The national debate on energy policy and jobs too often breaks down to partisan politics and accusatory rhetoric. The choice given Americans is between onerous new regulations that will cost thousands of jobs and an approach that ignores environmental concerns.
But with unemployment nationally over 9 percent, and with northwest Ohio facing even higher jobless rates, we need to move past the rhetoric and politics and get to work. We need to produce more energy by U.S. sources and use less energy.
By doing so, we can break our dangerous dependence on foreign sources of energy and create jobs in America. Using more of our own energy includes gaining access to new discoveries of natural gas and oil in Ohio, which will create jobs here.
At the same time, we should focus on better energy conservation, to make our economy more efficient and competitive. That’s why I have been working with senators on both sides of the aisle to promote sensible energy-efficiency strategies.
The result of this work is the Energy Savings and Industrial Competitiveness Act, which I cosponsored with Sen. Jeanne Shaheen (D., N.H.). This measure would benefit our economy by increasing productivity and creating jobs through the greater use of energy-efficient technologies in residential, commercial, and industrial sectors.
The Toledo region already plays a major role in energy efficiency. It would play a bigger role under this legislation.
Workers in Owens Corning’s world-class facility would benefit. They are developing and manufacturing insulation technologies that will help reduce energy consumption in buildings, which consume 74 percent of our nation’s electricity.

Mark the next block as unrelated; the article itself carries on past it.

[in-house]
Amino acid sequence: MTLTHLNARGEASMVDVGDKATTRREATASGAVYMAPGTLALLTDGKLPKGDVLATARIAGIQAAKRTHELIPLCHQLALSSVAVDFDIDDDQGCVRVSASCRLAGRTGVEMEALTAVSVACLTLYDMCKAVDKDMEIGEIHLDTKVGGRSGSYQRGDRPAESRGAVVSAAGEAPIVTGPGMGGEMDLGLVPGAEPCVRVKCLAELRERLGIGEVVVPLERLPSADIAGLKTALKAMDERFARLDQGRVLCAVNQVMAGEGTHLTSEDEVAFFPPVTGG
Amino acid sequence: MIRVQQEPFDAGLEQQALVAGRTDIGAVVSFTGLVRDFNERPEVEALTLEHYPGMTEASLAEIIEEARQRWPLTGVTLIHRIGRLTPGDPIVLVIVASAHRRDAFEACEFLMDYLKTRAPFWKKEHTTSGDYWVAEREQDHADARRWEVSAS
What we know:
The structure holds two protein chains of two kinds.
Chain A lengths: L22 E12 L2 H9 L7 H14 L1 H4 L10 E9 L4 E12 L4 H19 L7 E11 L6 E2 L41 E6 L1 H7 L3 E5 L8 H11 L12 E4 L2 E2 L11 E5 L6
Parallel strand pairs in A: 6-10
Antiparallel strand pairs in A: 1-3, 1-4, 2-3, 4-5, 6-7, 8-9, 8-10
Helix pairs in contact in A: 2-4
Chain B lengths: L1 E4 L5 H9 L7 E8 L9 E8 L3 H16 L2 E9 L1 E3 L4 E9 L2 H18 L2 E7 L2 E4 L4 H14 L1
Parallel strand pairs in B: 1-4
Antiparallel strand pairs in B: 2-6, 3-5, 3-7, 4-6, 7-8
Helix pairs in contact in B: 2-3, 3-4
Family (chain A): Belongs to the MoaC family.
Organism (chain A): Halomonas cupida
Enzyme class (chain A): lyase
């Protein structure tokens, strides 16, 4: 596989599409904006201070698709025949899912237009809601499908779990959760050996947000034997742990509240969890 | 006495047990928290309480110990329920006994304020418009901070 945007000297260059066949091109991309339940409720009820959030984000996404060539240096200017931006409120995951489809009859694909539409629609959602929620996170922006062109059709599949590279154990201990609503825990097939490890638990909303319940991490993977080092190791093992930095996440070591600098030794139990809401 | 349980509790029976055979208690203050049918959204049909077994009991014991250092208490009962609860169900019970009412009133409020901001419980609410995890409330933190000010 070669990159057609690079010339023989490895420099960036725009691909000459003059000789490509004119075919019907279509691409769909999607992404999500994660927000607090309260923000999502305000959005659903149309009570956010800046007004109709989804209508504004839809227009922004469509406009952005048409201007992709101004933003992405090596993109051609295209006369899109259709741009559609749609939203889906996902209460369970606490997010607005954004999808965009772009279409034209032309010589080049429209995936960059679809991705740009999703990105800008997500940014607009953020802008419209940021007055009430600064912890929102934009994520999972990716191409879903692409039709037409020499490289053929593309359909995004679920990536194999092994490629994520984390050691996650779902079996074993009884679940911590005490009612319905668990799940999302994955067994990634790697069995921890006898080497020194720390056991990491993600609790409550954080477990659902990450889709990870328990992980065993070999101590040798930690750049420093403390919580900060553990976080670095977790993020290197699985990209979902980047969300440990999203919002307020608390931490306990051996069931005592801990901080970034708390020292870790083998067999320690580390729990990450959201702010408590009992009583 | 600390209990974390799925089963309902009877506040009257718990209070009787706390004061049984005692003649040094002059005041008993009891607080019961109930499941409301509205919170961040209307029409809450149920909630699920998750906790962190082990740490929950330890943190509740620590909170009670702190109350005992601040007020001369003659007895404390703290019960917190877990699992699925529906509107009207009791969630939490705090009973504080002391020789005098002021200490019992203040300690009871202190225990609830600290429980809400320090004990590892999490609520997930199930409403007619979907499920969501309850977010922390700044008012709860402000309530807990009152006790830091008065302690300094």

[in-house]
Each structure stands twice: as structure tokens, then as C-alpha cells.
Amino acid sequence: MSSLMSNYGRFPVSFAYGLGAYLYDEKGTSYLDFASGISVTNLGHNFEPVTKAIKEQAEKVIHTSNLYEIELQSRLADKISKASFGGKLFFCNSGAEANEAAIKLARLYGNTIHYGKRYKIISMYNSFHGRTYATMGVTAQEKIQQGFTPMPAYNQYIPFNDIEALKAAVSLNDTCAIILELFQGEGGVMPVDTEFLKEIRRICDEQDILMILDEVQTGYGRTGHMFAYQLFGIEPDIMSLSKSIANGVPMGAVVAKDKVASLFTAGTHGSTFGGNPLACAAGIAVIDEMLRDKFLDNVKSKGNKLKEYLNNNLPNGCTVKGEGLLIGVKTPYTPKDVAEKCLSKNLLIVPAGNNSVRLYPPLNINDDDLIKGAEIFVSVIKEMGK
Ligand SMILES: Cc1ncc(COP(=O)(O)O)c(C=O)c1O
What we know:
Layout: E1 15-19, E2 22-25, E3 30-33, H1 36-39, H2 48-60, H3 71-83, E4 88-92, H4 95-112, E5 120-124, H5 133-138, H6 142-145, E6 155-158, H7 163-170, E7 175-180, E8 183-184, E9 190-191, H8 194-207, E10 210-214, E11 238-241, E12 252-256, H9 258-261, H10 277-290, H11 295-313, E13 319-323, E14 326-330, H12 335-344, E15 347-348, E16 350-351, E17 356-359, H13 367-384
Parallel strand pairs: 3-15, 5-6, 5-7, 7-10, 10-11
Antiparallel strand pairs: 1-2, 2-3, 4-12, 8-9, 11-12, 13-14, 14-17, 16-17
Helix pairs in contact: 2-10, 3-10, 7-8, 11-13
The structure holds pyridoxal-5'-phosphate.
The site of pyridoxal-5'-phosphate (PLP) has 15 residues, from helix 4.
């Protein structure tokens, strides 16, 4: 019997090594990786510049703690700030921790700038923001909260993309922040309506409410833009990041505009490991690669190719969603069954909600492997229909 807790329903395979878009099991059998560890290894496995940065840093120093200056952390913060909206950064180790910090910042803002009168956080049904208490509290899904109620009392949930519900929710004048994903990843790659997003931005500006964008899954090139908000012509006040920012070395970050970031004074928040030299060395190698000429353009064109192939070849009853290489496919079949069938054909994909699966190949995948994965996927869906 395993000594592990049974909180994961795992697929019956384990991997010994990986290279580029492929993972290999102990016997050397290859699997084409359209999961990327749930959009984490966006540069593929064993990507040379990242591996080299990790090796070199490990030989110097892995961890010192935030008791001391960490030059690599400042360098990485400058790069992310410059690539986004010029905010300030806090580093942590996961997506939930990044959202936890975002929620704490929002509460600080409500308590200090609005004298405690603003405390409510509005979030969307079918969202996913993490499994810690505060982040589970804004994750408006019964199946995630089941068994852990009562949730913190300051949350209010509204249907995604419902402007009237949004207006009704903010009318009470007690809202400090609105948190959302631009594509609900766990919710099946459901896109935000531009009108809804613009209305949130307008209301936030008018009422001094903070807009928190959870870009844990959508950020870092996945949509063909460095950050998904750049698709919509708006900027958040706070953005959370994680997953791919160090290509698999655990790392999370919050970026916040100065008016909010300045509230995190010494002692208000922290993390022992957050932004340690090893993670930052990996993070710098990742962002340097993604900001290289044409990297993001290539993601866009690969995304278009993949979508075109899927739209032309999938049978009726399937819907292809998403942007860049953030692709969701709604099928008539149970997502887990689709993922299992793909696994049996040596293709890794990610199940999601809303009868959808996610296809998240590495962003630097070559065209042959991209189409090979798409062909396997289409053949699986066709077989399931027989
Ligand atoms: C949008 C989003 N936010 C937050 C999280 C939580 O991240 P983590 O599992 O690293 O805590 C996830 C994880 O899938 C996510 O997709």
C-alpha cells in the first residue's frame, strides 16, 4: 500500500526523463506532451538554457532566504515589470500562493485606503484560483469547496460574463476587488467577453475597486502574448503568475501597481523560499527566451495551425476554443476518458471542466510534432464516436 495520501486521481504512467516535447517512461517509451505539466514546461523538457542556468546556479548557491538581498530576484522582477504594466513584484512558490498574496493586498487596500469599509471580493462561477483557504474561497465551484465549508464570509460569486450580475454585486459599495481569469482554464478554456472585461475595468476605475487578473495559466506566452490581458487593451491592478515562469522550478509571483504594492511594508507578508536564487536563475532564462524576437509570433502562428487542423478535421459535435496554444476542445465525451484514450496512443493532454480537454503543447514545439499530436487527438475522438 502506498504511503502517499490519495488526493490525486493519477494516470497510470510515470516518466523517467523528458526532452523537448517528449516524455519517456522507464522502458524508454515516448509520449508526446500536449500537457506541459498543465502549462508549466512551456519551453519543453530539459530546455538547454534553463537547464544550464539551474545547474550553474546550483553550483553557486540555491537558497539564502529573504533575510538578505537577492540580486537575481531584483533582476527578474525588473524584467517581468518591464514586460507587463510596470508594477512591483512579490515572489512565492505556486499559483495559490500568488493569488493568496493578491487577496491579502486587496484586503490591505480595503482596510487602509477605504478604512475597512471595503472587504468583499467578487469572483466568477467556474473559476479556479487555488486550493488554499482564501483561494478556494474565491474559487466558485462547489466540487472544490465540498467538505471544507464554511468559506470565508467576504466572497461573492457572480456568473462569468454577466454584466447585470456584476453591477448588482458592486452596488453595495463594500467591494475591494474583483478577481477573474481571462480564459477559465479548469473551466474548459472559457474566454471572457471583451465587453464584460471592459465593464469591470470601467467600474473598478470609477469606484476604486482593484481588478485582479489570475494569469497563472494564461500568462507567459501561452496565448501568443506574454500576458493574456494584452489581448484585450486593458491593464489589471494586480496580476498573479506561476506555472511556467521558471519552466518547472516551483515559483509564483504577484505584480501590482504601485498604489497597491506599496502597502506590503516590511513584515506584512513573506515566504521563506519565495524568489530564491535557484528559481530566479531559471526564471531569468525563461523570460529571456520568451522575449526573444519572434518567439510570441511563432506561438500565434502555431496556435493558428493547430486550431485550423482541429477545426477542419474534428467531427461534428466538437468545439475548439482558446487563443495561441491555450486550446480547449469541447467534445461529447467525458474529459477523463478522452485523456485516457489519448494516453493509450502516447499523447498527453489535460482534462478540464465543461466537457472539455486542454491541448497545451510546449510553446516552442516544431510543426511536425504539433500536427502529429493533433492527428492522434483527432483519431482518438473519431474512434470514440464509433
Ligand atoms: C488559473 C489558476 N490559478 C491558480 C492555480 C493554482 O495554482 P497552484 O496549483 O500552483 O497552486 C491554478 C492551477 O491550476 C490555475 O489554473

Perrysburg’s Owens-Illinois plant would benefit from incentives to create more efficient and competitive manufacturing. Groups such as the Alliance to Save Energy support this legislation, because they know it will help American consumers and businesses that are struggling with rising energy costs.
This year, I held a roundtable discussion at the University of Toledo and toured the innovation and commercialization facility at UT’s Wright Center for Photovoltaics. At the center, scientists test solar cell materials used to produce panels that convert sunlight to electricity.
Through such research, alternative energy sources are becoming more affordable. This allows market forces to move our nation toward energy efficiency — a goal at the core of our legislation.
The measure also would provide incentives for building-efficiency upgrades by expanding the U.S. Department of Energy’s loan guarantee program for businesses. This provision will help manufacturers reduce energy use by establishing a revolving loan program for efficiency upgrades.
The bill also will strengthen national energy-efficient building codes. It will require the federal government — the largest energy user in the country — to adopt energy-saving techniques, saving millions of taxpayer dollars.
The legislation would boost Toledo’s growing leadership in green industries and initiatives. The opportunities that could emerge would complement the efforts of existing companies in the region’s rapidly maturing solar industry.
These include Xunlight Corp., whose innovative solar panel technologies are powering the first totally solar-powered billboard in New York’s Times Square. The solar panel company Isofoton recently announced it will open a $32 million facility in Henry County next year; it could create more than 300 jobs over four years.
By focusing on responsible energy initiatives that promote job growth and cost savings, the free market will lead us naturally into a future that is environmentally responsible and beneficial to businesses and consumers alike.
Instead of trying to force unwanted choices on an unwilling public, the legislation I propose will make energy efficiency a prosperous option for Americans — benefiting our environment and the Toledo economy.
U.S. Sen. Rob Portman (R.,Ohio) is a member of the congressional “super-committee” on the federal budget.
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